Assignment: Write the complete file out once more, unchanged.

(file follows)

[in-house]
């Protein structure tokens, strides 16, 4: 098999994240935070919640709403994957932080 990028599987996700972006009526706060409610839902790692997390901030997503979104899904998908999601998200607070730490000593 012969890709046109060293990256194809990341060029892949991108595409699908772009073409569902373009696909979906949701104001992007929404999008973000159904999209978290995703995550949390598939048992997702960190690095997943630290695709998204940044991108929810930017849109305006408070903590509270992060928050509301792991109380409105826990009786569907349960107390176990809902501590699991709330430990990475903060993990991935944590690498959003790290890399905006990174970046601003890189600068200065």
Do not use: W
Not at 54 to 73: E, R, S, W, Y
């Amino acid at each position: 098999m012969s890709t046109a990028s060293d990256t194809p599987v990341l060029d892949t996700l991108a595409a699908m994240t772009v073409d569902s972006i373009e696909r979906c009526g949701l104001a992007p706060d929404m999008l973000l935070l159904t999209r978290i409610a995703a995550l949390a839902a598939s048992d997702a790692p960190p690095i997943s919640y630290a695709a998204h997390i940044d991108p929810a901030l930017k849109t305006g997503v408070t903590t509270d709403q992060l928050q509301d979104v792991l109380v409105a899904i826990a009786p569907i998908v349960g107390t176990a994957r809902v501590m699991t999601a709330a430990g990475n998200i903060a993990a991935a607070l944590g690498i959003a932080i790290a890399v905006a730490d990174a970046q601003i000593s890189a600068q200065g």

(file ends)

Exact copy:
[in-house]
């Protein structure tokens, strides 16, 4: 098999994240935070919640709403994957932080 990028599987996700972006009526706060409610839902790692997390901030997503979104899904998908999601998200607070730490000593 012969890709046109060293990256194809990341060029892949991108595409699908772009073409569902373009696909979906949701104001992007929404999008973000159904999209978290995703995550949390598939048992997702960190690095997943630290695709998204940044991108929810930017849109305006408070903590509270992060928050509301792991109380409105826990009786569907349960107390176990809902501590699991709330430990990475903060993990991935944590690498959003790290890399905006990174970046601003890189600068200065």
Do not use: W
Not at 54 to 73: E, R, S, W, Y
């Amino acid at each position: 098999m012969s890709t046109a990028s060293d990256t194809p599987v990341l060029d892949t996700l991108a595409a699908m994240t772009v073409d569902s972006i373009e696909r979906c009526g949701l104001a992007p706060d929404m999008l973000l935070l159904t999209r978290i409610a995703a995550l949390a839902a598939s048992d997702a790692p960190p690095i997943s919640y630290a695709a998204h997390i940044d991108p929810a901030l930017k849109t305006g997503v408070t903590t509270d709403q992060l928050q509301d979104v792991l109380v409105a899904i826990a009786p569907i998908v349960g107390t176990a994957r809902v501590m699991t999601a709330a430990g990475n998200i903060a993990a991935a607070l944590g690498i959003a932080i790290a890399v905006a730490d990174a970046q601003i000593s890189a600068q200065g």